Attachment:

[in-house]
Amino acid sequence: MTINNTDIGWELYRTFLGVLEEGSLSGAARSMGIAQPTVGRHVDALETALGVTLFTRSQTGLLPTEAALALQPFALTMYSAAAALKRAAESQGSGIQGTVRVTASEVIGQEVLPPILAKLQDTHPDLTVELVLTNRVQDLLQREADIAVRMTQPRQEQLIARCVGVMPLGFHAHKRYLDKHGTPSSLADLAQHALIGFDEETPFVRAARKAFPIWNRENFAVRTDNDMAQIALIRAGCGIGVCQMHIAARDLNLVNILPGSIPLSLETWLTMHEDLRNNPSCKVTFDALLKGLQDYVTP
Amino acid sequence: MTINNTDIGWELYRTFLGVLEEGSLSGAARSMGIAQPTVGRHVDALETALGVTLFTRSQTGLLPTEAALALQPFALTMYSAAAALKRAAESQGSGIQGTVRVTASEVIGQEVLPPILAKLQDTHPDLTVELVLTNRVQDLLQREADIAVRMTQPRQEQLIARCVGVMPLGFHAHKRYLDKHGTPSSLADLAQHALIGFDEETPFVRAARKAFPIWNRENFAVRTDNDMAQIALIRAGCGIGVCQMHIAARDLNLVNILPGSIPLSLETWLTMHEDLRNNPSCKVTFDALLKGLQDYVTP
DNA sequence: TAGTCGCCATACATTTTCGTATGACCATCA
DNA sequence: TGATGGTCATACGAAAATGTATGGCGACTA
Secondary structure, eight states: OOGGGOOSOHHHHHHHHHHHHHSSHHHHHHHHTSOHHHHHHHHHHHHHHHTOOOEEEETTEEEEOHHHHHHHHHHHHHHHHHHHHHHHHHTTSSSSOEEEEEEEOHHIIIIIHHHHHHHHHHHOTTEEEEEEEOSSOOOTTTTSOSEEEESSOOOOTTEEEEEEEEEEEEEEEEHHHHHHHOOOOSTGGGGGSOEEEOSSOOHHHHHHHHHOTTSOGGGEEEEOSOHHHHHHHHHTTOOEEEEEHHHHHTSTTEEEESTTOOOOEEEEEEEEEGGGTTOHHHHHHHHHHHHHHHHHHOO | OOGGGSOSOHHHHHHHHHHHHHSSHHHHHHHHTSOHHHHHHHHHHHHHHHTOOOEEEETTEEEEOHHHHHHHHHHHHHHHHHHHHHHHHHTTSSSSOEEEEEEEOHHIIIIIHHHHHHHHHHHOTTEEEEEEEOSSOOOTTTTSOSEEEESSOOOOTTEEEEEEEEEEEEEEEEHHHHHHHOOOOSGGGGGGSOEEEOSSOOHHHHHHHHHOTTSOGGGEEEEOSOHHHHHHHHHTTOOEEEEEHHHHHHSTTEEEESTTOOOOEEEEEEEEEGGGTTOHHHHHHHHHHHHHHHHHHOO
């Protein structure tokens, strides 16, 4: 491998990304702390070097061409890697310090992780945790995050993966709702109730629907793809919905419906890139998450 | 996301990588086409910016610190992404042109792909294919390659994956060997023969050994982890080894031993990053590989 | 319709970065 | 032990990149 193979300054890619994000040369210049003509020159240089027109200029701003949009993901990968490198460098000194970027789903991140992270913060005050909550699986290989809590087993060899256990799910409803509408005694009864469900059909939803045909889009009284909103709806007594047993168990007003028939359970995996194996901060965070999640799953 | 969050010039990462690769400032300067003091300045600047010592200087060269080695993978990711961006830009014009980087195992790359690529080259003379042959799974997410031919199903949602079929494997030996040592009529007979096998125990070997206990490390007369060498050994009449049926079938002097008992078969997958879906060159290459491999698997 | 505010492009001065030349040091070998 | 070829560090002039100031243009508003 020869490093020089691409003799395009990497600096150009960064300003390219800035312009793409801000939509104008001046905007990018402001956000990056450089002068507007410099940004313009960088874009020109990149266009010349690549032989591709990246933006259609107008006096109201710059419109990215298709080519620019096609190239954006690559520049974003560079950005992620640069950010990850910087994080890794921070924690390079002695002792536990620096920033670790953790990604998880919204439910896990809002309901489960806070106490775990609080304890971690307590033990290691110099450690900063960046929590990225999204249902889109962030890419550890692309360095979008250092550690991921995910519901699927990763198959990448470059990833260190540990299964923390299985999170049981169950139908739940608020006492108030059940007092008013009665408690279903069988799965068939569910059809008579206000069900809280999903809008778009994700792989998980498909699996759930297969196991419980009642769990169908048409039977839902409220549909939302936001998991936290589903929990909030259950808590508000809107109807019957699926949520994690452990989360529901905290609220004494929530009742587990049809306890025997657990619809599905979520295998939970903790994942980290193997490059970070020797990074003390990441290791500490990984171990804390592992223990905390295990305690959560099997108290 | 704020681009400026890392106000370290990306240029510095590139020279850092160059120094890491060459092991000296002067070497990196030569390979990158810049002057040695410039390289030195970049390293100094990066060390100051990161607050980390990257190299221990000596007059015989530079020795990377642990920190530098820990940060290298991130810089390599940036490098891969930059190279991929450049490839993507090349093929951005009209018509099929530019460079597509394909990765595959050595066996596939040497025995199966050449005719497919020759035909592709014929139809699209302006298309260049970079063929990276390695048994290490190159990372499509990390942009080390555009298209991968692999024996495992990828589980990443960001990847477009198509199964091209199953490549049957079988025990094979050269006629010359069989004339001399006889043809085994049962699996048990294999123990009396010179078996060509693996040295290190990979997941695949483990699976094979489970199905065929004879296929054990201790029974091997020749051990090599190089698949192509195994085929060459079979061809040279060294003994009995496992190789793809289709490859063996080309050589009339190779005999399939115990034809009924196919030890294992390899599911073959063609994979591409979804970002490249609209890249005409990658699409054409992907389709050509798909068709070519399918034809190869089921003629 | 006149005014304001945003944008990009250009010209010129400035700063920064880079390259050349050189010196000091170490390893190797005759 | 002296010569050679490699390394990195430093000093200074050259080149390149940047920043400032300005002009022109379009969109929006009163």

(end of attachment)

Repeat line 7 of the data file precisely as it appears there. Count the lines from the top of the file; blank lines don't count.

């Protein structure tokens, strides 16, 4: 491998990304702390070097061409890697310090992780945790995050993966709702109730629907793809919905419906890139998450 | 996301990588086409910016610190992404042109792909294919390659994956060997023969050994982890080894031993990053590989 | 319709970065 | 032990990149 193979300054890619994000040369210049003509020159240089027109200029701003949009993901990968490198460098000194970027789903991140992270913060005050909550699986290989809590087993060899256990799910409803509408005694009864469900059909939803045909889009009284909103709806007594047993168990007003028939359970995996194996901060965070999640799953 | 969050010039990462690769400032300067003091300045600047010592200087060269080695993978990711961006830009014009980087195992790359690529080259003379042959799974997410031919199903949602079929494997030996040592009529007979096998125990070997206990490390007369060498050994009449049926079938002097008992078969997958879906060159290459491999698997 | 505010492009001065030349040091070998 | 070829560090002039100031243009508003 020869490093020089691409003799395009990497600096150009960064300003390219800035312009793409801000939509104008001046905007990018402001956000990056450089002068507007410099940004313009960088874009020109990149266009010349690549032989591709990246933006259609107008006096109201710059419109990215298709080519620019096609190239954006690559520049974003560079950005992620640069950010990850910087994080890794921070924690390079002695002792536990620096920033670790953790990604998880919204439910896990809002309901489960806070106490775990609080304890971690307590033990290691110099450690900063960046929590990225999204249902889109962030890419550890692309360095979008250092550690991921995910519901699927990763198959990448470059990833260190540990299964923390299985999170049981169950139908739940608020006492108030059940007092008013009665408690279903069988799965068939569910059809008579206000069900809280999903809008778009994700792989998980498909699996759930297969196991419980009642769990169908048409039977839902409220549909939302936001998991936290589903929990909030259950808590508000809107109807019957699926949520994690452990989360529901905290609220004494929530009742587990049809306890025997657990619809599905979520295998939970903790994942980290193997490059970070020797990074003390990441290791500490990984171990804390592992223990905390295990305690959560099997108290 | 704020681009400026890392106000370290990306240029510095590139020279850092160059120094890491060459092991000296002067070497990196030569390979990158810049002057040695410039390289030195970049390293100094990066060390100051990161607050980390990257190299221990000596007059015989530079020795990377642990920190530098820990940060290298991130810089390599940036490098891969930059190279991929450049490839993507090349093929951005009209018509099929530019460079597509394909990765595959050595066996596939040497025995199966050449005719497919020759035909592709014929139809699209302006298309260049970079063929990276390695048994290490190159990372499509990390942009080390555009298209991968692999024996495992990828589980990443960001990847477009198509199964091209199953490549049957079988025990094979050269006629010359069989004339001399006889043809085994049962699996048990294999123990009396010179078996060509693996040295290190990979997941695949483990699976094979489970199905065929004879296929054990201790029974091997020749051990090599190089698949192509195994085929060459079979061809040279060294003994009995496992190789793809289709490859063996080309050589009339190779005999399939115990034809009924196919030890294992390899599911073959063609994979591409979804970002490249609209890249005409990658699409054409992907389709050509798909068709070519399918034809190869089921003629 | 006149005014304001945003944008990009250009010209010129400035700063920064880079390259050349050189010196000091170490390893190797005759 | 002296010569050679490699390394990195430093000093200074050259080149390149940047920043400032300005002009022109379009969109929006009163």